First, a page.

Recent Examples on the Web: Noun

That is a more ticklish argument: the obstruction laws are complicated and the ambit of presidential power vast. The Economist, "Donald Trump’s powers are not quite as vast as his lawyers claim," 7 June 2018 As a Cold War-era child who did drop-and-cover nuclear-attack drills under my desk, I’d been ingrained with ominous, gray images of Soviet military tanks rolling through the vast cobbled landmark. Norma Meyer, sandiegouniontribune.com, "Beauty, history, people make Russia trip memorable," 20 Sep. 2017 Near Potsdam, and a stone’s throw from the breathtaking gardens of Sanssouci Palace, lies Templiner See: Vast and choppy, there’s a seaside holiday vibe in the air. Alexandra Pereira, CNT, "Why Swimming Is the Ultimate Berlin Summer Pastime," 9 Aug. 2017 A clatter of gunshots suggested the worst The Brillante was built like two rectangles joined at a right angle: one vast, flat, hollow shape that held the liquid cargo, and one smaller, upright stack that contained mechanical systems and crew spaces. Bloomberg.com, "The Hijacking of the Brillante Virtuoso," 27 July 2017 Vast and growing databases compiled for commerce and policing are also for sale to politicians and their strategists, who can now know more about you than your spouse or parents. Nina Burleigh, Newsweek, "How Big Data Mines Personal Info to Craft Fake News and Manipulate Voters," 8 June 2017 Vast sums must be invested to build refineries and smelters to turn that ore into metal. James R. Hagerty, WSJ, "Alcan CEO David Culver Bet on Aluminum and Quebec," 10 Mar. 2017

These example sentences are selected automatically from various online news sources to reflect current usage of the word 'vast.' Views expressed in the examples do not represent the opinion of Merriam-Webster or its editors. Send us feedback.

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First Known Use of vast

Adjective

1585, in the meaning defined above

Noun

1604, in the meaning defined above

History and Etymology for vast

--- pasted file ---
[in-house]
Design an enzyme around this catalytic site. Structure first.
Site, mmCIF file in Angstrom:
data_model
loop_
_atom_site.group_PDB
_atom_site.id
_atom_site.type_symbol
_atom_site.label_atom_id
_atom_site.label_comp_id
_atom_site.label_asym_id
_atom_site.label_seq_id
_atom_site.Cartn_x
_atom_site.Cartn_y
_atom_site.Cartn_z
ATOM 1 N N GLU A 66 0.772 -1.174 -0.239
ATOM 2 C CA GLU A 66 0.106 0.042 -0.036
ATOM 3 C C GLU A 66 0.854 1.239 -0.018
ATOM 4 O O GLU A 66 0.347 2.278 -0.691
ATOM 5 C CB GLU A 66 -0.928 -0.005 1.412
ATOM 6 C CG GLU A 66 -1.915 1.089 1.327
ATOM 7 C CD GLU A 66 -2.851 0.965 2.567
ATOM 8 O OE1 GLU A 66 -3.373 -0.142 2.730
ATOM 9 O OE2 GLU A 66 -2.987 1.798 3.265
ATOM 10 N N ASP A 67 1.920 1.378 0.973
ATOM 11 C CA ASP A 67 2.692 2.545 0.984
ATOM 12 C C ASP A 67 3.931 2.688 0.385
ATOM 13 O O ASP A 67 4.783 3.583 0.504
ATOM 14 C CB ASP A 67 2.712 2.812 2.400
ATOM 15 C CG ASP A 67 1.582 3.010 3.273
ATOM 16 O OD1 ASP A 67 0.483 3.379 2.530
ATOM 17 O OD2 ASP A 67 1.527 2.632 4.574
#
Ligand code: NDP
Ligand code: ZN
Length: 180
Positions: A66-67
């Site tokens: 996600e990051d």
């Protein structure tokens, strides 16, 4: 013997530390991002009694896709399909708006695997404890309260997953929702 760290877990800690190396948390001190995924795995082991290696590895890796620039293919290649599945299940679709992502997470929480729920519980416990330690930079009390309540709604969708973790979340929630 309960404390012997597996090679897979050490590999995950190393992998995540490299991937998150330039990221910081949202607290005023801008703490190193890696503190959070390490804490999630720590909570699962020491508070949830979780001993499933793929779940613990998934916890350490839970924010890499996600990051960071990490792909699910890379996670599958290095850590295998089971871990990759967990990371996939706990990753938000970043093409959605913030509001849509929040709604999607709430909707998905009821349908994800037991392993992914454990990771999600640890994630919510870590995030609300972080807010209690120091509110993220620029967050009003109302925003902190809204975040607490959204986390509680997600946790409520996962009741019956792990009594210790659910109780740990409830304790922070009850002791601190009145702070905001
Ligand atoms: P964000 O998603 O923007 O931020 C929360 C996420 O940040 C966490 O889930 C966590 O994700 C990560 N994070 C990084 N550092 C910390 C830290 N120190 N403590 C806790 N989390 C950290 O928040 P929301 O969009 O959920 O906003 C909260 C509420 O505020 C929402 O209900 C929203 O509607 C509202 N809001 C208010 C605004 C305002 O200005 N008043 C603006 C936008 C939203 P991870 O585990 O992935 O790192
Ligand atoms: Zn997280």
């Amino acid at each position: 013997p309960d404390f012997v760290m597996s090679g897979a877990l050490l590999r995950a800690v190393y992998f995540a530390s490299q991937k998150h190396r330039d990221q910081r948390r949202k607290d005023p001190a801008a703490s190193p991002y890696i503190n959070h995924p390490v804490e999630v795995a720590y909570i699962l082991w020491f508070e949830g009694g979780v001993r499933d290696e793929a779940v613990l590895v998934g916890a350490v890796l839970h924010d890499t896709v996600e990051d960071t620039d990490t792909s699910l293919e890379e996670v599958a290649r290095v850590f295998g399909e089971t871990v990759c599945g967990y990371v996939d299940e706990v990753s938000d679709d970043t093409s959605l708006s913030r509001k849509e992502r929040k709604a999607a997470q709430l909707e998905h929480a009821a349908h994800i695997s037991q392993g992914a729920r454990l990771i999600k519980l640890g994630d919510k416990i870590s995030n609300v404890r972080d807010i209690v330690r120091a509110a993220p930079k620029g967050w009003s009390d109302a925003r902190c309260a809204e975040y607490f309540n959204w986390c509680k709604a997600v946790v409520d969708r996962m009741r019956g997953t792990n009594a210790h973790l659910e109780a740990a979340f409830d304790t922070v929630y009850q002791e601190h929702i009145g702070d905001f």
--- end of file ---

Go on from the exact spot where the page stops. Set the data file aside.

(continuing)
Adjective

borrowed from Latin vāstus or vastus "devoid of habitation, desolate, dreary," also, "of great size, immense," probably in part continuing Indo-European *h1u̯eh2-sto- (whence Old High German wuosti "empty, deserted," Old English wēste, Old Irish fás), in part conflated with another base *wast- of uncertain origin

Noun

noun derivative of vast entry 1, perhaps by analogy with deep entry 1, deep entry 3

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Statistics for vast

Last Updated

21 May 2019

Look-up Popularity

Time Traveler for vast

The first known use of vast was in 1585

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More Definitions for vast

vast

adjective

English Language Learners Definition of vast

: very great in size, amount, or extent

vast

adjective
\ ˈvast How to pronounce vast (audio) \

Kids Definition of vast

: very great in size or amount vast stretches of land She has vast experience.

Other Words from vast

vastly adverb
vastness noun

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More from Merriam-Webster on vast

Rhyming Dictionary: Words that rhyme with vast

Thesaurus: All synonyms and antonyms for vast

Spanish Central: Translation of vast

Nglish: Translation of vast for Spanish Speakers

Britannica English: Translation of vast for Arabic Speakers